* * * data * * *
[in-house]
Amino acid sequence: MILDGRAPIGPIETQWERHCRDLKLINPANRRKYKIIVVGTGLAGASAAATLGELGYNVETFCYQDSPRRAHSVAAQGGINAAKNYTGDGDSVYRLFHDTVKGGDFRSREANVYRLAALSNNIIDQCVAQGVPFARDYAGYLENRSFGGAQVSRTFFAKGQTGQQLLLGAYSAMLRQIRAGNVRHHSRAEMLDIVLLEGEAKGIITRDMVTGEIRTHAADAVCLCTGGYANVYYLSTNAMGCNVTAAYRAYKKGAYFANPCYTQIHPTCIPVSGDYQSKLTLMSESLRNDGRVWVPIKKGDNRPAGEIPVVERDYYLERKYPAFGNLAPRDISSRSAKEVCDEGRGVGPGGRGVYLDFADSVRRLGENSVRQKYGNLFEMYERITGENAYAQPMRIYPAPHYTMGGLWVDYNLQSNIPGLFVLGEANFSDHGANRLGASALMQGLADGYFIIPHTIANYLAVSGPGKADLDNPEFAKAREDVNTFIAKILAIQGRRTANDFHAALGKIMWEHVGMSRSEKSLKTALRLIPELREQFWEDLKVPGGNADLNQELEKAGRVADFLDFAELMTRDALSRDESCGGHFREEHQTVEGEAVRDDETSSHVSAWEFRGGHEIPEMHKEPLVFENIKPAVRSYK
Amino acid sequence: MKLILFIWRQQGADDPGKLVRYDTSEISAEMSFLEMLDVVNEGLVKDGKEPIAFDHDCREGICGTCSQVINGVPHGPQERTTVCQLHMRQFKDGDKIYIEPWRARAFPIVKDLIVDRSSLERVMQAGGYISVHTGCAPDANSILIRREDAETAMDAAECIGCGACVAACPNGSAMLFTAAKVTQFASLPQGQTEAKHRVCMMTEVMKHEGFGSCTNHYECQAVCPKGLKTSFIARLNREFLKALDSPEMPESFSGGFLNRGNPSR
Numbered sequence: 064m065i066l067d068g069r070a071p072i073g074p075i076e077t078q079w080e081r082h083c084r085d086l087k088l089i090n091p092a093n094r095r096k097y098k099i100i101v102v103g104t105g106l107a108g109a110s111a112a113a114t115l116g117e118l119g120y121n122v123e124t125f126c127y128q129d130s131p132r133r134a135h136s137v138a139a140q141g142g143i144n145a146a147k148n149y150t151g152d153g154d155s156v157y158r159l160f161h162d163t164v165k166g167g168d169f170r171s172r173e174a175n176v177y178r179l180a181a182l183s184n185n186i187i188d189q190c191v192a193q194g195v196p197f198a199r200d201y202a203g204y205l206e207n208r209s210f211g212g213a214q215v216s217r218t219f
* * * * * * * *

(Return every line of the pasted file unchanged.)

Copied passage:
[in-house]
Amino acid sequence: MILDGRAPIGPIETQWERHCRDLKLINPANRRKYKIIVVGTGLAGASAAATLGELGYNVETFCYQDSPRRAHSVAAQGGINAAKNYTGDGDSVYRLFHDTVKGGDFRSREANVYRLAALSNNIIDQCVAQGVPFARDYAGYLENRSFGGAQVSRTFFAKGQTGQQLLLGAYSAMLRQIRAGNVRHHSRAEMLDIVLLEGEAKGIITRDMVTGEIRTHAADAVCLCTGGYANVYYLSTNAMGCNVTAAYRAYKKGAYFANPCYTQIHPTCIPVSGDYQSKLTLMSESLRNDGRVWVPIKKGDNRPAGEIPVVERDYYLERKYPAFGNLAPRDISSRSAKEVCDEGRGVGPGGRGVYLDFADSVRRLGENSVRQKYGNLFEMYERITGENAYAQPMRIYPAPHYTMGGLWVDYNLQSNIPGLFVLGEANFSDHGANRLGASALMQGLADGYFIIPHTIANYLAVSGPGKADLDNPEFAKAREDVNTFIAKILAIQGRRTANDFHAALGKIMWEHVGMSRSEKSLKTALRLIPELREQFWEDLKVPGGNADLNQELEKAGRVADFLDFAELMTRDALSRDESCGGHFREEHQTVEGEAVRDDETSSHVSAWEFRGGHEIPEMHKEPLVFENIKPAVRSYK
Amino acid sequence: MKLILFIWRQQGADDPGKLVRYDTSEISAEMSFLEMLDVVNEGLVKDGKEPIAFDHDCREGICGTCSQVINGVPHGPQERTTVCQLHMRQFKDGDKIYIEPWRARAFPIVKDLIVDRSSLERVMQAGGYISVHTGCAPDANSILIRREDAETAMDAAECIGCGACVAACPNGSAMLFTAAKVTQFASLPQGQTEAKHRVCMMTEVMKHEGFGSCTNHYECQAVCPKGLKTSFIARLNREFLKALDSPEMPESFSGGFLNRGNPSR
Numbered sequence: 064m065i066l067d068g069r070a071p072i073g074p075i076e077t078q079w080e081r082h083c084r085d086l087k088l089i090n091p092a093n094r095r096k097y098k099i100i101v102v103g104t105g106l107a108g109a110s111a112a113a114t115l116g117e118l119g120y121n122v123e124t125f126c127y128q129d130s131p132r133r134a135h136s137v138a139a140q141g142g143i144n145a146a147k148n149y150t151g152d153g154d155s156v157y158r159l160f161h162d163t164v165k166g167g168d169f170r171s172r173e174a175n176v177y178r179l180a181a182l183s184n185n186i187i188d189q190c191v192a193q194g195v196p197f198a199r200d201y202a203g204y205l206e207n208r209s210f211g212g213a214q215v216s217r218t219f